Having just witnessed my daughter experience issues with her iPhone, I think some of the issue relates to the bouncing back and forth between both Apple and AT&T – it’s a hardware issue, it’s a network issue. Makes it easy for both sides to point the finger and pass the buck.
    Ultimately the issue was resolved but it took multiple conversations with both sides and trips to retail locations of both.

  • iPhone hurting Att
    Clearly the only reason ATT is realizing a increase in suscribers is the iPhone only network option.
    The frustration factor more hurts the iPhone because be it network congestion or not excuse, it hampers the use of the reason why they are on the network to begin with, the iPhone.
    Personally I think all phones should be unlocked or not dependent to a particular carrier . The consumer should be able to carry their compatible phone GSM or CDMA of their choice and use it where they want to.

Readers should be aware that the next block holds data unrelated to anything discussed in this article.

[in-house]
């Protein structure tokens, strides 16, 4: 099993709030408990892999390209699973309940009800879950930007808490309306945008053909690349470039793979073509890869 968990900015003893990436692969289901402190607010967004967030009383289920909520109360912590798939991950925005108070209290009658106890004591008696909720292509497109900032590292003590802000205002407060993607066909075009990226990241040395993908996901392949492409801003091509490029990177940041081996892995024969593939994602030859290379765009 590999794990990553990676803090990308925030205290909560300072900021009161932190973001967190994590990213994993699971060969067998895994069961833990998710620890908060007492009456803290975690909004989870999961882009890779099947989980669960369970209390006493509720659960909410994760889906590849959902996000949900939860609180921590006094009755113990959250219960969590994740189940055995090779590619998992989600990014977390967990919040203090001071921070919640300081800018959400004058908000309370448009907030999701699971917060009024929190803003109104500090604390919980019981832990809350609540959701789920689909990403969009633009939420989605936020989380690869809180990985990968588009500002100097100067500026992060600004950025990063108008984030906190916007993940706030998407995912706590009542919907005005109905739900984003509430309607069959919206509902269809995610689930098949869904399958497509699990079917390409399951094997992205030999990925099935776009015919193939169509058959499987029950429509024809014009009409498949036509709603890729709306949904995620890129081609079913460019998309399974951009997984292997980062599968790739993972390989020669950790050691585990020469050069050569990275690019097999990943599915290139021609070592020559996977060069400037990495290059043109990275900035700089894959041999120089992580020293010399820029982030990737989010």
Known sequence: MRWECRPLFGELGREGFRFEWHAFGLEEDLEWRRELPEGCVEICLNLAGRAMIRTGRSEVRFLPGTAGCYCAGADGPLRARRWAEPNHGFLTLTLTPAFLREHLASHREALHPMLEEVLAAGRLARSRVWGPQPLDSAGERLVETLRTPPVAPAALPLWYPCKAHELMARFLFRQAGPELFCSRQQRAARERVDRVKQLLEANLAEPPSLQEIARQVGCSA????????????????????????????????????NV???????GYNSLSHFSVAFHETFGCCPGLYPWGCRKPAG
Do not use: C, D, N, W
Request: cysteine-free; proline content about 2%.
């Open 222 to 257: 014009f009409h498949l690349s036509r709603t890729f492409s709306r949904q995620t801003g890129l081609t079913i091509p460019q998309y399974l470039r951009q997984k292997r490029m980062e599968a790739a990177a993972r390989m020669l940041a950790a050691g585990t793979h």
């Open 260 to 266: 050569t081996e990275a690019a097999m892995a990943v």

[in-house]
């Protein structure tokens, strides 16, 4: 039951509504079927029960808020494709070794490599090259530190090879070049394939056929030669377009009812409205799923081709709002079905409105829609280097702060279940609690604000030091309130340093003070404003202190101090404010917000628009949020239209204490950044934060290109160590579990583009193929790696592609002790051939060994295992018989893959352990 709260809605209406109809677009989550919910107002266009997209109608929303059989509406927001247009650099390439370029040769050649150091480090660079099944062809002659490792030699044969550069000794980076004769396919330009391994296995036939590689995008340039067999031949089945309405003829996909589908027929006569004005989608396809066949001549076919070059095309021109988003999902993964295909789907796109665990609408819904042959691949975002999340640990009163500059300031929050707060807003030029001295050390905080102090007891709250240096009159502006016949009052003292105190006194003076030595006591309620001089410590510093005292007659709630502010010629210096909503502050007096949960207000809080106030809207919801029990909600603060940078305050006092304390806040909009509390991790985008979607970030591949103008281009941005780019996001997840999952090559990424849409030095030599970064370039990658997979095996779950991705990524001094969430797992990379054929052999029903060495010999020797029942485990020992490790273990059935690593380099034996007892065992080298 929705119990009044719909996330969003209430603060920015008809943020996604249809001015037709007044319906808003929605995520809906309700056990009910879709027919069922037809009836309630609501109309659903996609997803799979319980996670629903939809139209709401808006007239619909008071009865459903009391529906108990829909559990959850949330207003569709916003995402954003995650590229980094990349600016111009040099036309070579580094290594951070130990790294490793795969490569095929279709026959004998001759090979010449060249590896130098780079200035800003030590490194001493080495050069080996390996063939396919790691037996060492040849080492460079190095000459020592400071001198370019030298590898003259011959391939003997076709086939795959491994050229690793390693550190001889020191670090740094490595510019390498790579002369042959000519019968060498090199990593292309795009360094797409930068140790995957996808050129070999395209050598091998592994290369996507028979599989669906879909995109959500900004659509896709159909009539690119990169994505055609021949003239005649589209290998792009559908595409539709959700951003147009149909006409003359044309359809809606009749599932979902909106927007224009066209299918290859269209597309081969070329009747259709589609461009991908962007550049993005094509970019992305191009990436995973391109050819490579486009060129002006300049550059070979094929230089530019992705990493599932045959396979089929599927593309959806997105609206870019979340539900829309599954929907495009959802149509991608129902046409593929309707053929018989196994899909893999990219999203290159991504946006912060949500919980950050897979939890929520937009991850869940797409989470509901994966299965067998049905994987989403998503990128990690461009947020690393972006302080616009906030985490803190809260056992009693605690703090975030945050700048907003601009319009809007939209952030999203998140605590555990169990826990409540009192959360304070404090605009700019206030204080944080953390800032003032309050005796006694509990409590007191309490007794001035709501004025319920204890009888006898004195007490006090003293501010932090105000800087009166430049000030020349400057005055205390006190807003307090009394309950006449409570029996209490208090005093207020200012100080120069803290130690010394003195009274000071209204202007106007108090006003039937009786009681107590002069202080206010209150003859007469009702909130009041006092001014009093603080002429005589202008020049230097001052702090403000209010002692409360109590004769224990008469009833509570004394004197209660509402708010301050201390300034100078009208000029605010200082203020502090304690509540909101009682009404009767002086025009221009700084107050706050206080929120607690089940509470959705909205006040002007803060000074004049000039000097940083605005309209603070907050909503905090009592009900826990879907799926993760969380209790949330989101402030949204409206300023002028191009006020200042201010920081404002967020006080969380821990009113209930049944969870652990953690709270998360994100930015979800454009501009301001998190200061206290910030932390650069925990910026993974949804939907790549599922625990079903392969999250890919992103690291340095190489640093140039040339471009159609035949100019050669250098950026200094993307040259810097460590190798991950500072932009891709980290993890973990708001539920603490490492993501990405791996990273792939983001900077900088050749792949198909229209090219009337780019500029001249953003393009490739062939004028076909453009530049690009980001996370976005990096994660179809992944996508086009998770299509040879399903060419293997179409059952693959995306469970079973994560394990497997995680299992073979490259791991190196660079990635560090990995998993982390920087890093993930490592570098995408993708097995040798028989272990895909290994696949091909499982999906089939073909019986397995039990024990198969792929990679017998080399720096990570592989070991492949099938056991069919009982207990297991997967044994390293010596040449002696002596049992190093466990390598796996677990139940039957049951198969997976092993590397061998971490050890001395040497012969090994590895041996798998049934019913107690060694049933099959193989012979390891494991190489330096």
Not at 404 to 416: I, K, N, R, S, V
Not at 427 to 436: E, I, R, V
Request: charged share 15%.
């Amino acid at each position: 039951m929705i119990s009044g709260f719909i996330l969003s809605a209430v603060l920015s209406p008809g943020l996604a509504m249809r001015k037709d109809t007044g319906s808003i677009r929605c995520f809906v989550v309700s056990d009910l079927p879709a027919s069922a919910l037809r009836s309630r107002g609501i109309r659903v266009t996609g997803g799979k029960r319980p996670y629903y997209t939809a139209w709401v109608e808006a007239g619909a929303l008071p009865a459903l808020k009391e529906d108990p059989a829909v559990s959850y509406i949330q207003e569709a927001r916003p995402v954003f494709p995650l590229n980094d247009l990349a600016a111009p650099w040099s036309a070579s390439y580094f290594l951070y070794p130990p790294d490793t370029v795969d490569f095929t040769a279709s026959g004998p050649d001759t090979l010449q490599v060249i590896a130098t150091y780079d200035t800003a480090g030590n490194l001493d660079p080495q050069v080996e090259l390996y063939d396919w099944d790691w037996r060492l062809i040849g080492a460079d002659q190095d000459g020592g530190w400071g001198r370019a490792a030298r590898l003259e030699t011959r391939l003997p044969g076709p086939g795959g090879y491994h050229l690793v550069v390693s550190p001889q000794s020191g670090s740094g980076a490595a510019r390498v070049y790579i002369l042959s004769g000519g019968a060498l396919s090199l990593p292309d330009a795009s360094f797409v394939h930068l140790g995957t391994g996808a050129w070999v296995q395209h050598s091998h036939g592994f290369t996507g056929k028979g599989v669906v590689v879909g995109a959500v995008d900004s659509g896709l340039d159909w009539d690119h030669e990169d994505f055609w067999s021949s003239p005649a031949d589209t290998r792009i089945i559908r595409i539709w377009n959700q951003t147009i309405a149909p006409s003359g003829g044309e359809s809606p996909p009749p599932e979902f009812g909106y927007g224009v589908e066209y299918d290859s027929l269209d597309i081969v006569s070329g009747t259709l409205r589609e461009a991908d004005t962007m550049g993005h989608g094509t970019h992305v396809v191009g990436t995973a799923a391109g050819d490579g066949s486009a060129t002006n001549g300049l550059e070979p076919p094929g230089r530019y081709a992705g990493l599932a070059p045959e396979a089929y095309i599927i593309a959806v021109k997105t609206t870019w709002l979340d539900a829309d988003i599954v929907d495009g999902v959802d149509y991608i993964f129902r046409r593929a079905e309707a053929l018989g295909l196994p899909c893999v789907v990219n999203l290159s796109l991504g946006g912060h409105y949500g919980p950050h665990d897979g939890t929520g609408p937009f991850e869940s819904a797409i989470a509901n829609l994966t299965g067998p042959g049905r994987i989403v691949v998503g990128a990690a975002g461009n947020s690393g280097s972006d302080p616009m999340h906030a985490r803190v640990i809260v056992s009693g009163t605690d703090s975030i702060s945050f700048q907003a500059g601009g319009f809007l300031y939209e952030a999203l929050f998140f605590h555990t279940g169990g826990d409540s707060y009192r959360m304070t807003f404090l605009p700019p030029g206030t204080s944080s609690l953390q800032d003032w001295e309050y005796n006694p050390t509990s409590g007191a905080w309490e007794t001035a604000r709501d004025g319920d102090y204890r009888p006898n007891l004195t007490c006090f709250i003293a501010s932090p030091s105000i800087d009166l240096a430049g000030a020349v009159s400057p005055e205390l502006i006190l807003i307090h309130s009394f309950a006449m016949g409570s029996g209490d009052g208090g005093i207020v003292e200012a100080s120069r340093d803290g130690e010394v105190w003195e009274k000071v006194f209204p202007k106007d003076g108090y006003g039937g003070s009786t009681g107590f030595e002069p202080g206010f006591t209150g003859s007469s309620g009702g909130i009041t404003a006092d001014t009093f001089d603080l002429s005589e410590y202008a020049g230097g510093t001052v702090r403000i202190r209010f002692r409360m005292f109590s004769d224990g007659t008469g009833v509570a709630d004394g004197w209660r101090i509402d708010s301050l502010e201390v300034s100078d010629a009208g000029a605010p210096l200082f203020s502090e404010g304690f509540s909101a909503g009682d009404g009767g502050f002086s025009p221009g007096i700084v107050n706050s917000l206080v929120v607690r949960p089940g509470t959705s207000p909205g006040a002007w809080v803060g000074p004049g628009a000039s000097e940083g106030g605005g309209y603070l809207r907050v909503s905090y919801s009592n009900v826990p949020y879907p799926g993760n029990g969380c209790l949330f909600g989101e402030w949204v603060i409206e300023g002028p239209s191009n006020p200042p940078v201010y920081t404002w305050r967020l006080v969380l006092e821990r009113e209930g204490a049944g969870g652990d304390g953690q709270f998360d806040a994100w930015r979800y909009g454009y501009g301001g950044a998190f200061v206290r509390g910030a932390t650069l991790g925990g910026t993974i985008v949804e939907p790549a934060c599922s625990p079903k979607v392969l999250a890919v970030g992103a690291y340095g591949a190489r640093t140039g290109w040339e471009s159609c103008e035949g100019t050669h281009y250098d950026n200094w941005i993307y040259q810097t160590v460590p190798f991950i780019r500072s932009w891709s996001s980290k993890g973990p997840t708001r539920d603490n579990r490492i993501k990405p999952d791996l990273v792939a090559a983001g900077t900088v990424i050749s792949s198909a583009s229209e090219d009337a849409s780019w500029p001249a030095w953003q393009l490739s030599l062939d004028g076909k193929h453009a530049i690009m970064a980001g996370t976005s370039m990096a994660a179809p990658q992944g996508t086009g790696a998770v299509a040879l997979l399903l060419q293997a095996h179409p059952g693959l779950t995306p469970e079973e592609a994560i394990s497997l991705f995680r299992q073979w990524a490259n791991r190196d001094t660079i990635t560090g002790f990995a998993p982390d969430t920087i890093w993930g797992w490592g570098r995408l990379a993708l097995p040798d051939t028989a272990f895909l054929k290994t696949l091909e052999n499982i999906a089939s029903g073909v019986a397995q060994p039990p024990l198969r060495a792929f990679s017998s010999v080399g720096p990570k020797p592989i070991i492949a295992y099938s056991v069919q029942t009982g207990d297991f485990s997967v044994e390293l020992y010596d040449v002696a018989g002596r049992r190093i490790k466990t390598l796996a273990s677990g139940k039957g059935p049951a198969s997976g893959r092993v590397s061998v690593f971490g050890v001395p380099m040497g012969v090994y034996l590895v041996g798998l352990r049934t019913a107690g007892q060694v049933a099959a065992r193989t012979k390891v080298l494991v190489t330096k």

Separate the phone from the service and carriers will reflect the true value of their networks and service offering.

  • I’ve been a customer since the Cellular One days, when it cost $150 in installation fees to have the phone installed in the car. However….
    1) I think ATT underestimated the popularity of the iPhone
    2) I think ATT underestimated the load the iPhones would put on the network
    3) Customer service has improved significantly for ATT over the past year or two. I’ve been able to talk to people after short waits and generally get competent help without requiring escalation
    4) Apple customer service is superb.
    I don’t know that any of the carriers could have estimated network load better. As newer phones roll out (e.g., Pre, Droid), the carriers will benefit from ATT’s experience.
    My basic answer is that no one likes the phone company, the iPhone is way cool, so ATT probably inherits a bit of shine from the phone.
    The whole thing is not without its flaws. Visual voice mail is buggy, the phone requires a reboot too often, and the unremovable/unreplaceable battery just smacks of Apple’s “our way or the highway” attitude.